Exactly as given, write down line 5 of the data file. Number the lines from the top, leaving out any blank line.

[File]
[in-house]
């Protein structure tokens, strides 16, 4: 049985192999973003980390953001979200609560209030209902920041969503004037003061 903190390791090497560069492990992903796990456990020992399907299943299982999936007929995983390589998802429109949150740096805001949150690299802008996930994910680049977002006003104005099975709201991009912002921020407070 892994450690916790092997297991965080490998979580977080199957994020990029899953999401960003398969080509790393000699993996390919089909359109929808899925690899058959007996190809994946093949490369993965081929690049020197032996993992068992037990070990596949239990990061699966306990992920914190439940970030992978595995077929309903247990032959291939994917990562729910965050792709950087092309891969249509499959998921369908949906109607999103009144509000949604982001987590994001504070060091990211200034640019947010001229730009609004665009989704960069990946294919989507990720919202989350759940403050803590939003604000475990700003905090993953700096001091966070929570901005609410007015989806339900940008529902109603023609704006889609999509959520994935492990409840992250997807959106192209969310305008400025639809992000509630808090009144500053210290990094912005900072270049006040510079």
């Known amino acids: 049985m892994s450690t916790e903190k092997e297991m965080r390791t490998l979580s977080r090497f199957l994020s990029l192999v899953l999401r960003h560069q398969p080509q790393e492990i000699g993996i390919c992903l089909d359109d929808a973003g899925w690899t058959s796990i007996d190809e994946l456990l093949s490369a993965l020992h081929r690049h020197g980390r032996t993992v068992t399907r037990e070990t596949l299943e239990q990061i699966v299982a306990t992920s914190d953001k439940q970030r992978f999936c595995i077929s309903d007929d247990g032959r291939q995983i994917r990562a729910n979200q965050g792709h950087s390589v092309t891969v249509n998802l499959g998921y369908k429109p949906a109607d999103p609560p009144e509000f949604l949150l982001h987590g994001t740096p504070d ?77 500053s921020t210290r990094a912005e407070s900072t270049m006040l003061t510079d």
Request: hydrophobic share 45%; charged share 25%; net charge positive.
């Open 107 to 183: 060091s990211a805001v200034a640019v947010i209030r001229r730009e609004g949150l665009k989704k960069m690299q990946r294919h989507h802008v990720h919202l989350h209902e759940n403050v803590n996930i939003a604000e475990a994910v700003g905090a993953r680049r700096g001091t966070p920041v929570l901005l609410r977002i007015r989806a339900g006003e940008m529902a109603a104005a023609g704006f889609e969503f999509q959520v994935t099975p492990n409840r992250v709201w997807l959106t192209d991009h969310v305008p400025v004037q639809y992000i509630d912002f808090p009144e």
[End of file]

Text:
């Open 107 to 183: 060091s990211a805001v200034a640019v947010i209030r001229r730009e609004g949150l665009k989704k960069m690299q990946r294919h989507h802008v990720h919202l989350h209902e759940n403050v803590n996930i939003a604000e475990a994910v700003g905090a993953r680049r700096g001091t966070p920041v929570l901005l609410r977002i007015r989806a339900g006003e940008m529902a109603a104005a023609g704006f889609e969503f999509q959520v994935t099975p492990n409840r992250v709201w997807l959106t192209d991009h969310v305008p400025v004037q639809y992000i509630d912002f808090p009144e």